|Microsatellite conservation and Bayesian individual assignment in four Anguilla species|Maes, G.E.; Pujolar, J.M.; Raeymaekers, J.A.M.; Dannewitz, J.; Volckaert, F.A.M. (2006). Microsatellite conservation and Bayesian individual assignment in four Anguilla species. Mar. Ecol. Prog. Ser. 319: 251-261. dx.doi.org/10.3354/meps319251
In: Marine Ecology Progress Series. Inter-Research: Oldendorf/Luhe. ISSN 0171-8630; e-ISSN 1616-1599, meer
Anguilla Schrank, 1798 [WoRMS]
admixture; anguillids; flanking region; genetic variability; homoplasy;
|Auteurs|| || Top |
- Maes, G.E.
- Pujolar, J.M.
- Raeymaekers, J.A.M.
- Dannewitz, J.
- Volckaert, F.A.M.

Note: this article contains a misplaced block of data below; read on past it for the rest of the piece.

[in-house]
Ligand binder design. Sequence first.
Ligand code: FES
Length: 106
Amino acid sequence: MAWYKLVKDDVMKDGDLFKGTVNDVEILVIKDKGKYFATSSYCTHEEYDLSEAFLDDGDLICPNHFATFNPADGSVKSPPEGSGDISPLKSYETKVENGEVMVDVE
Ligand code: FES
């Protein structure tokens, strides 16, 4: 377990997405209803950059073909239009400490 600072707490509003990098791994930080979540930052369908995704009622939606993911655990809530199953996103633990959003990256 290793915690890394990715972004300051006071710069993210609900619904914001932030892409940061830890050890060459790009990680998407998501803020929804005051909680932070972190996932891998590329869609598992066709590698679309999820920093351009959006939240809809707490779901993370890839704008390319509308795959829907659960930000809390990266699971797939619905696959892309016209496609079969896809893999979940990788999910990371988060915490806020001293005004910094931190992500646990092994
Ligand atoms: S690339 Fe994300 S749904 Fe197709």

Microsatellite flanking regions are often highly conserved in fish taxa, enabling their application in other species within or outside the source family. Moderately variable microsatellite markers may also be good candidates for species identification using multi-locus genotypes. We evaluated the degree of conservation of microsatellite flanking regions and the level of polymorphism in 4 commercially important eel species (Anguilla anguilla, A. rostrata, A. japonica and A. marmorata). Using multiplex polymerase chain reactions developed for the first 2 taxa, we assessed the discrimination power of an individual-based assignment method to differentiate all 4 species without initial species information. Detection and classification of each species was performed with high confidence (> 90%), as was assignment of randomly sampled individuals to pre-defined species (> 95%). Our results demonstrate the highly conserved nature of microsatellites and their level of polymorphism in Anguilla species. Although an inverse relationship was found between genetic diversity and differentiation estimates, likely due to homoplasy, assignment proved to be superior to multivariate and distance-based approaches for identifying the 4 species. The method enables the rapid screening of morphologically similar eel species using only 4 co-dominant nuclear loci and the detection of natural hybridisation or anthropogenic mixing between internationally highly traded species.